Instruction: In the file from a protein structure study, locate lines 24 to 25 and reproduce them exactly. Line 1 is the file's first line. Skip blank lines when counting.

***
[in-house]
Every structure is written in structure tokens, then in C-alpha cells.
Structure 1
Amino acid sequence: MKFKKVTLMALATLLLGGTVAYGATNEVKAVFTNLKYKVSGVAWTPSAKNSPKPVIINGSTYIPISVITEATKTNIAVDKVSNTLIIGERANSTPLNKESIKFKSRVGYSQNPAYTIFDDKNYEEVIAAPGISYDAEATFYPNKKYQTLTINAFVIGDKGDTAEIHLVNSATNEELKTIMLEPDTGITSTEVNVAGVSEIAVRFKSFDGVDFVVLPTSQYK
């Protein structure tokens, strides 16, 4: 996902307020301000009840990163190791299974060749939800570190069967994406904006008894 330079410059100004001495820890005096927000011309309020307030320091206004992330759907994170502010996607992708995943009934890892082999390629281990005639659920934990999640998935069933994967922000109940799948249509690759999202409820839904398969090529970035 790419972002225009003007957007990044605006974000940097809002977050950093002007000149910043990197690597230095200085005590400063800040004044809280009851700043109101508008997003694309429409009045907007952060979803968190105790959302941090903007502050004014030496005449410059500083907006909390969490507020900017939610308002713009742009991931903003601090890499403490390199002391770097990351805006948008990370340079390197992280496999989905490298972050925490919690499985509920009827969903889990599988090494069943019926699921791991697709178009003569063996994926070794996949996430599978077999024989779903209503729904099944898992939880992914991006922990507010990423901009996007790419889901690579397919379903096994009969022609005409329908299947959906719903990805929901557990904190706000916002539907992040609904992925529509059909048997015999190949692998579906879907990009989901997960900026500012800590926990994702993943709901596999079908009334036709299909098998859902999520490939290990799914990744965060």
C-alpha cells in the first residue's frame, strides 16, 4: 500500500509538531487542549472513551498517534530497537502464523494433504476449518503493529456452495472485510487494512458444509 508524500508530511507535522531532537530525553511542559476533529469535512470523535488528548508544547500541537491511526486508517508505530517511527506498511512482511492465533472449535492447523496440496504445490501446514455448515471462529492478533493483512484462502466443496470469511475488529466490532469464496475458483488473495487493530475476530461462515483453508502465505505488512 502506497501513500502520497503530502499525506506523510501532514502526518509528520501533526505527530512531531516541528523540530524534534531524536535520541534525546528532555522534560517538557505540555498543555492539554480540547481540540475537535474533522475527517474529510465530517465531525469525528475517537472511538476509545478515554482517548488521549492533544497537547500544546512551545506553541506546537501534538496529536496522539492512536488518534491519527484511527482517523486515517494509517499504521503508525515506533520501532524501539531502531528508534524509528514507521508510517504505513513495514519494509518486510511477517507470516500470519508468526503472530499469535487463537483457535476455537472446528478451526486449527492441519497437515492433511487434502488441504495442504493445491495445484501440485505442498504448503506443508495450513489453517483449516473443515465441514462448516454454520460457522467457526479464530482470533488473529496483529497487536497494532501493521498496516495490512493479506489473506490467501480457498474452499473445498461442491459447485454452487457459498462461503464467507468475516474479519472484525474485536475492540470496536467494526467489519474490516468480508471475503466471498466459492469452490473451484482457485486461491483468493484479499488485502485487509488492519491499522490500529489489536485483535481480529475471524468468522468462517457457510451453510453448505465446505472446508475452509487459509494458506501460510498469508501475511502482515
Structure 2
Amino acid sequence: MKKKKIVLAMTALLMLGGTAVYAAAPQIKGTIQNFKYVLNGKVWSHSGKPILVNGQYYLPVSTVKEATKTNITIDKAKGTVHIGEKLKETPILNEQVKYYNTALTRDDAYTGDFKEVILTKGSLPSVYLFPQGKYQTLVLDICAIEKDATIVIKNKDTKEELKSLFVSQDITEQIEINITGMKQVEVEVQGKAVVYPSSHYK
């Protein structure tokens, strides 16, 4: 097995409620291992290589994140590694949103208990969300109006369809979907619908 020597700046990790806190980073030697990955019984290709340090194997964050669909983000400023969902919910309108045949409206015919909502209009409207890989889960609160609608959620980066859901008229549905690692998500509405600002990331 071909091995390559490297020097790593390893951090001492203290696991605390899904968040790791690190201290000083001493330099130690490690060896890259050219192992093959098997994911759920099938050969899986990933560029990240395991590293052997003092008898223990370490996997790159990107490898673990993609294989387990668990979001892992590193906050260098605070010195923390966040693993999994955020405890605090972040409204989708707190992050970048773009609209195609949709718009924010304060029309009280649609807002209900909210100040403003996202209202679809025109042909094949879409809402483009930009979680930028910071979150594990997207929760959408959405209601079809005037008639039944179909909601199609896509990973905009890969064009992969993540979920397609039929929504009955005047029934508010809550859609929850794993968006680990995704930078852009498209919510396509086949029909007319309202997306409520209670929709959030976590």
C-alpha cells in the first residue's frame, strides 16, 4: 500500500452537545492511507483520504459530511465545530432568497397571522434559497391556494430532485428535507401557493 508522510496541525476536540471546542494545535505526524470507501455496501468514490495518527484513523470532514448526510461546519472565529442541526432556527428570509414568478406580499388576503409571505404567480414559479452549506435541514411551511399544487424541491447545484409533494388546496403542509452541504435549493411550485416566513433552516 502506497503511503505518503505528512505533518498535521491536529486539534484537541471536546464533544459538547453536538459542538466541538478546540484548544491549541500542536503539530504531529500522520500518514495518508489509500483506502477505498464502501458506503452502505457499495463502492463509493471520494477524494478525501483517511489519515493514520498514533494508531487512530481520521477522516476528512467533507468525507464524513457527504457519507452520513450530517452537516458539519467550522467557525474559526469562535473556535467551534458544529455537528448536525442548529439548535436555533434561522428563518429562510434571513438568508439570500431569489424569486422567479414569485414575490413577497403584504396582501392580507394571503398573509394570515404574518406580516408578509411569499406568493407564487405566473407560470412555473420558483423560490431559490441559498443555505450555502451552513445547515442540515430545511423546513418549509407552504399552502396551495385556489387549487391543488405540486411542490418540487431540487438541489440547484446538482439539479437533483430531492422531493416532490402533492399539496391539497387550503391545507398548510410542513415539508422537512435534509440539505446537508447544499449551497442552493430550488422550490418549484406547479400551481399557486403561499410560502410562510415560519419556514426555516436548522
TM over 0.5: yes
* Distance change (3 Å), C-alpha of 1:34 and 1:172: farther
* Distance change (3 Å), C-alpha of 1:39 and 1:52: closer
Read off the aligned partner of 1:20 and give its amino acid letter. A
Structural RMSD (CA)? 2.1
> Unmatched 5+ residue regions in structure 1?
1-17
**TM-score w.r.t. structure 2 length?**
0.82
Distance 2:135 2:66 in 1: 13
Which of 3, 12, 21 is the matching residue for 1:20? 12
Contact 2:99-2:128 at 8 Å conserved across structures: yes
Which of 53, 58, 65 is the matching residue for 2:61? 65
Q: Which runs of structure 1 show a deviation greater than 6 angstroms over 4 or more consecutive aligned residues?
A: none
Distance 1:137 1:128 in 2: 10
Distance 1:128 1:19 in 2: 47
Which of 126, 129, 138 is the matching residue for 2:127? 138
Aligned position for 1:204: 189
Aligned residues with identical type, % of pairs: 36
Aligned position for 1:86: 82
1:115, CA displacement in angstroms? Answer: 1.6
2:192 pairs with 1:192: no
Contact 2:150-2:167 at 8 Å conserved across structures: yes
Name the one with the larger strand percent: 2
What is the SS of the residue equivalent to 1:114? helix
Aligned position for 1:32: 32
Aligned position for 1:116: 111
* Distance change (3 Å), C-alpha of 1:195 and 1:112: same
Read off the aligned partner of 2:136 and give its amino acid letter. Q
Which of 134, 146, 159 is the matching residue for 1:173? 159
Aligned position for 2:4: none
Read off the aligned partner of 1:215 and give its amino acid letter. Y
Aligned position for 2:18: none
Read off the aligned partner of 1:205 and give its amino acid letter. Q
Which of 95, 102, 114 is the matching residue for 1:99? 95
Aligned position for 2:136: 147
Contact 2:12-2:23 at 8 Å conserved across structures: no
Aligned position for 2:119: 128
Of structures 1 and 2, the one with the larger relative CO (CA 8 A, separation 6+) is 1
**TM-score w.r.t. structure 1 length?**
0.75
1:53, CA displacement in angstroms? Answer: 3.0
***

Q: Which runs of structure 1 show a deviation greater than 6 angstroms over 4 or more consecutive aligned residues?
A: none